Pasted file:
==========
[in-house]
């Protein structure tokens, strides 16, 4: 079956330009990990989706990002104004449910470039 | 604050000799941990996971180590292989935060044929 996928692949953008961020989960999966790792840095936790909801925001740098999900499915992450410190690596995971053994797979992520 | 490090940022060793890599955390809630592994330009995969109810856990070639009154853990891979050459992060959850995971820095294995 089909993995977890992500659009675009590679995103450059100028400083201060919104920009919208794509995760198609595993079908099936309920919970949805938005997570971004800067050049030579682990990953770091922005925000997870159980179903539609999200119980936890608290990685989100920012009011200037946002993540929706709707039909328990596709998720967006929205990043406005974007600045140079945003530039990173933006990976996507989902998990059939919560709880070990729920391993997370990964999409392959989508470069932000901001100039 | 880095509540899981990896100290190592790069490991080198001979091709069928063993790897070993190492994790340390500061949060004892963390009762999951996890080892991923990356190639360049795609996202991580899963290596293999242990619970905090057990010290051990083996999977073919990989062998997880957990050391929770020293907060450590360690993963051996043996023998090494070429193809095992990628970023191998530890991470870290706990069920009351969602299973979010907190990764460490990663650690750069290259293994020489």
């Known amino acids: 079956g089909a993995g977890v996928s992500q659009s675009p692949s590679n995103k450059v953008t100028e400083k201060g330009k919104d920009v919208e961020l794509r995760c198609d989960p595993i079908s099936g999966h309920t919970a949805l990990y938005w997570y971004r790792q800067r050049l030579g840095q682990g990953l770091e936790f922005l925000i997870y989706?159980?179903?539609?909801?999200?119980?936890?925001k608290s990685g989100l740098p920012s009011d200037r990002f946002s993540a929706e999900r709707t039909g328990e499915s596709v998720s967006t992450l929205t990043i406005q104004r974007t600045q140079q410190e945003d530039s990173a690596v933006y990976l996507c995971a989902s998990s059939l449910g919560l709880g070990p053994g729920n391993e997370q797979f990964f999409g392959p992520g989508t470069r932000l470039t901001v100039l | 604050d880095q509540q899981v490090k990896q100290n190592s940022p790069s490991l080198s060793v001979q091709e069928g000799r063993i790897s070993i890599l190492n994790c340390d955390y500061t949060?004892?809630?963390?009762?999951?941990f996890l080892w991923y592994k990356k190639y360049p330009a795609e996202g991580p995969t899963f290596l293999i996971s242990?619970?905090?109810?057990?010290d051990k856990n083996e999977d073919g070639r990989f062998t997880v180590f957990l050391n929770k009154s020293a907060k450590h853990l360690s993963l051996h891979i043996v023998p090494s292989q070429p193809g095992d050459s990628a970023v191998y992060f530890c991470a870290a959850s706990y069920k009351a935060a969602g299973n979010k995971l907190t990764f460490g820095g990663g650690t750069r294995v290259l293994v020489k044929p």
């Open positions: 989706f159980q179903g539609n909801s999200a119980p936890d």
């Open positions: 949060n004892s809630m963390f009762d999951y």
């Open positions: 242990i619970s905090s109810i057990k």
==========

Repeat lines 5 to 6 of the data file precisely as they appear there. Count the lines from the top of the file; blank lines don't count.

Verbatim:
């Open positions: 949060n004892s809630m963390f009762d999951y």
């Open positions: 242990i619970s905090s109810i057990k």